On the opposite shore were some small flocks of Canada geese, which were fleeing by running and hiding rather than by flying because they were involved in a complete body molt. Non-breeding Canada geese come to the banks of the Baillie, which is one of the areas where they go to molt annually. The geese usually would seek to hide by running up and over a nearby ridge, which they would disappear behind.
As we made our way down the river the river bent sharply to the north from the west in a right angle. On the outside of the turn another smaller river fed into the Baillie. I recognized an excellent opportunity to videotape this white water confluence because the river feeding in was very shallow, was about forty feet wide with a bifurcation in the middle and was racing madly down the bank into the Baillie. As I looked at it I just couldn’t resist coming about in the eddy and making a pass through the white water, which had waves of only one-foot height. I wanted to enjoy the exhilarating moment when the bow becomes engaged in the swift current and to feel its effects on the kayak. I did one go by and instantly recognized that this was a perfect moment to further utilize all the white water training I had acquired the previous spring. I decided to risk making a go by with not my paddle in hand but instead with my video camera over the side, in order to capture the actual image of white water splashing up at below boat deck level. I knew that I could get away with doing this trick with the model video camera the Sony CCD-SP7 I had because it was housed and sealed to be splash resistant.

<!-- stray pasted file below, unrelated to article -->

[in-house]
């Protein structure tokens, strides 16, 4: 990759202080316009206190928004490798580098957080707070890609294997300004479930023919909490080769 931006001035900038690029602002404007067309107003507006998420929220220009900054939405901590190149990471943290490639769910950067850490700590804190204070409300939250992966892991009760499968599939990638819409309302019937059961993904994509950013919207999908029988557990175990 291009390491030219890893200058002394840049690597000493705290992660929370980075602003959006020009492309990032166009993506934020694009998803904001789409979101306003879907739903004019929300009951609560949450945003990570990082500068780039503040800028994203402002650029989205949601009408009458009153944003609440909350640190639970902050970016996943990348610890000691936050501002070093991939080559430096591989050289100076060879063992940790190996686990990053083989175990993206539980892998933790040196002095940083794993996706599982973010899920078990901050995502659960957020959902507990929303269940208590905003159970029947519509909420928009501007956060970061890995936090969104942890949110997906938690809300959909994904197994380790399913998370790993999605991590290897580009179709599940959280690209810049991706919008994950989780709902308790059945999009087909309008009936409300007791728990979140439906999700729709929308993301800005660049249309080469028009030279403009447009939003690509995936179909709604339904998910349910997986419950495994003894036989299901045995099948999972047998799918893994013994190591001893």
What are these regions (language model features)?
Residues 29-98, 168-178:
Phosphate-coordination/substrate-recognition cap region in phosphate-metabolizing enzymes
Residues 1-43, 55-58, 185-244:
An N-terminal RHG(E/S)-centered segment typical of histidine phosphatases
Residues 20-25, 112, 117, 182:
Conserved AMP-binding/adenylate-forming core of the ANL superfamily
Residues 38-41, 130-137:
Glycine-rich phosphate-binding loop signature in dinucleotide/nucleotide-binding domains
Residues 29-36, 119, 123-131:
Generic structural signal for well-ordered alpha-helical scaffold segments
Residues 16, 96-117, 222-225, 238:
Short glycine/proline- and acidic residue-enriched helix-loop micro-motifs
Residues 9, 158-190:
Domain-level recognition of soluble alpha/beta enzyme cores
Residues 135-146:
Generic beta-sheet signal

I had at another time lashed my camcorder to the deck of my kayak during a windy, open salt water crossing and successfully without damaging the camera recorded the crossing. The resulting image was absolutely sickening to watch because the horizon tossed up and down with every wave. The camera was merely recording what it saw but it did not record the morphology of the passing waves as I had hoped. I did learn from this experiment that the paddler does much to compensate for motion subconsciously when taking video pictures from a tossing kayak.
Much of balancing a kayak is a subconscious activity, which is acquired by repeated neural physical training of the muscles. One of the more interesting ways to explore this trained response is, to go paddling in waves on open water when it is dark and to have them as a following sea. With minimal visual cues you find it interesting to notice how your body responds.
On my second pass by with camcorder in hand over the side the images of splashing waves taking the entire field of view was amusing for later viewing. I did not have the courage to do this in the rapids of the Baillie where the waves were three and four feet high. I feared that I would lose the camera and go for a swim.